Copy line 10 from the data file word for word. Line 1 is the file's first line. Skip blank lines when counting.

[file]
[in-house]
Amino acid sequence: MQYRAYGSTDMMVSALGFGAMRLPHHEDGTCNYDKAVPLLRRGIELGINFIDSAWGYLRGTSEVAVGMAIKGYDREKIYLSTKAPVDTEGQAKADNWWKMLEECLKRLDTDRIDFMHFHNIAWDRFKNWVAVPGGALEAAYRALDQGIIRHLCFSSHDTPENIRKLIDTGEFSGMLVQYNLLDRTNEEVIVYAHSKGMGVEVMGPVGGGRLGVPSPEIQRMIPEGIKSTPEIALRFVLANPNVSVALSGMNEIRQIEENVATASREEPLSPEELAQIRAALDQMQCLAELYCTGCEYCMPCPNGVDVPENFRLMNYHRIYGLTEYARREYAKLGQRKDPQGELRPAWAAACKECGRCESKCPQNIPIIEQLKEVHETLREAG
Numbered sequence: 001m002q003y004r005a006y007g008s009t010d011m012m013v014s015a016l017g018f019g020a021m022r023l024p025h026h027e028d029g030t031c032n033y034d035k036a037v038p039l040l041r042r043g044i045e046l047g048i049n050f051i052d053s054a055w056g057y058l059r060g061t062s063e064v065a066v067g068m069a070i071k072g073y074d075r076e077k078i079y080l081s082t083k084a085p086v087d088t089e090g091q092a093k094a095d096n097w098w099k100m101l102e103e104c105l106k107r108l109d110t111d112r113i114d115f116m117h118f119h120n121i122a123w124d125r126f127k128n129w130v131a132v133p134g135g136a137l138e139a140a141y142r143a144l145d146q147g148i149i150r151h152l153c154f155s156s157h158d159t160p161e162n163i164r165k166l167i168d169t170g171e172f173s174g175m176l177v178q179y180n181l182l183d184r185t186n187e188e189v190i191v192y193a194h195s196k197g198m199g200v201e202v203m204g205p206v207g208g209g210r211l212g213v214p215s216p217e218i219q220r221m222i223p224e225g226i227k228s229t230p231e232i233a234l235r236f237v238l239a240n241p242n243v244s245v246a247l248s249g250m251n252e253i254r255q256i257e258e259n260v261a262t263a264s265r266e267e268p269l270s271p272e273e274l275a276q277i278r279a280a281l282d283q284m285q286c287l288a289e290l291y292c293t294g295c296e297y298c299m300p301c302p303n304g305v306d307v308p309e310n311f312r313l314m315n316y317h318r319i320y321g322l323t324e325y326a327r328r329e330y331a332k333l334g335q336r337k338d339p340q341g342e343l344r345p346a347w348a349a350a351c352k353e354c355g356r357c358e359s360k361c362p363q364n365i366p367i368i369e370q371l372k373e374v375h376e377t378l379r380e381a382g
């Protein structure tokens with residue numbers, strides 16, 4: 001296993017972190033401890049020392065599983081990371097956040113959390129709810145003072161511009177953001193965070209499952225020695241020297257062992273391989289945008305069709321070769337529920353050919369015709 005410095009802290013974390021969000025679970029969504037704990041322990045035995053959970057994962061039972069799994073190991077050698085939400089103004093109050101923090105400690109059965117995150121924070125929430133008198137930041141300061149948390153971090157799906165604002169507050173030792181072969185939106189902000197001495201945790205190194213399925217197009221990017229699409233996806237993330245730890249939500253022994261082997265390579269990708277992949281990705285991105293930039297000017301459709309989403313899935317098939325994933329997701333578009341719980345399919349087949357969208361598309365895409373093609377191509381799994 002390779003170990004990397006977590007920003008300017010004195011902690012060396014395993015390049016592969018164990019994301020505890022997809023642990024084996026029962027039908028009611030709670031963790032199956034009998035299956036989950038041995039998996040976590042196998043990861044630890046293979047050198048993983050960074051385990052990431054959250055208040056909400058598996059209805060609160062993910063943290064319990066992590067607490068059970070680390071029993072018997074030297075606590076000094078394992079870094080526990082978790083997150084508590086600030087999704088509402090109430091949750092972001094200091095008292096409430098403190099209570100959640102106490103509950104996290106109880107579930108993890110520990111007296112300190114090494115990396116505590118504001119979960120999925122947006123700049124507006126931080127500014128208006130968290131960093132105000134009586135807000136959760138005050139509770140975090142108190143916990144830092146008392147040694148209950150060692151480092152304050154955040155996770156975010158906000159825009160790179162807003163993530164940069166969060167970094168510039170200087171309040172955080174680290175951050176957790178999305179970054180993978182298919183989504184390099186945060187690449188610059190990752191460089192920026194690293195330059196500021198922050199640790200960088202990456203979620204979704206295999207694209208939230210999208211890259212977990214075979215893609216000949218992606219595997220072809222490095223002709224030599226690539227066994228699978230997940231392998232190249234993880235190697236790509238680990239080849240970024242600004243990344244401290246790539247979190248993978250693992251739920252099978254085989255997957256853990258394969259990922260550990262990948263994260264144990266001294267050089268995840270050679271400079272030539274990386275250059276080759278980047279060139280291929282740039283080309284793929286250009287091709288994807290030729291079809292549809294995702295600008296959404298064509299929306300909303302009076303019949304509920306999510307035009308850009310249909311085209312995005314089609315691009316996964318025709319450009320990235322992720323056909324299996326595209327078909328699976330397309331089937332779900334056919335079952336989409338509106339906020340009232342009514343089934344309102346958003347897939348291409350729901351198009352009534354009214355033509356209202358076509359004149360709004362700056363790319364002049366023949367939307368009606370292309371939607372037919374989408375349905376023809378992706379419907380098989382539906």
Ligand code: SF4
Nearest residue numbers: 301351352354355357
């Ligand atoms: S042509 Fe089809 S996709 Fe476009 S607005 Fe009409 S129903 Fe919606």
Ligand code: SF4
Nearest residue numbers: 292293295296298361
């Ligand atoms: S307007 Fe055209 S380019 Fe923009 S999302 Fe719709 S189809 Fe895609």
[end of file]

């Ligand atoms: S307007 Fe055209 S380019 Fe923009 S999302 Fe719709 S189809 Fe895609």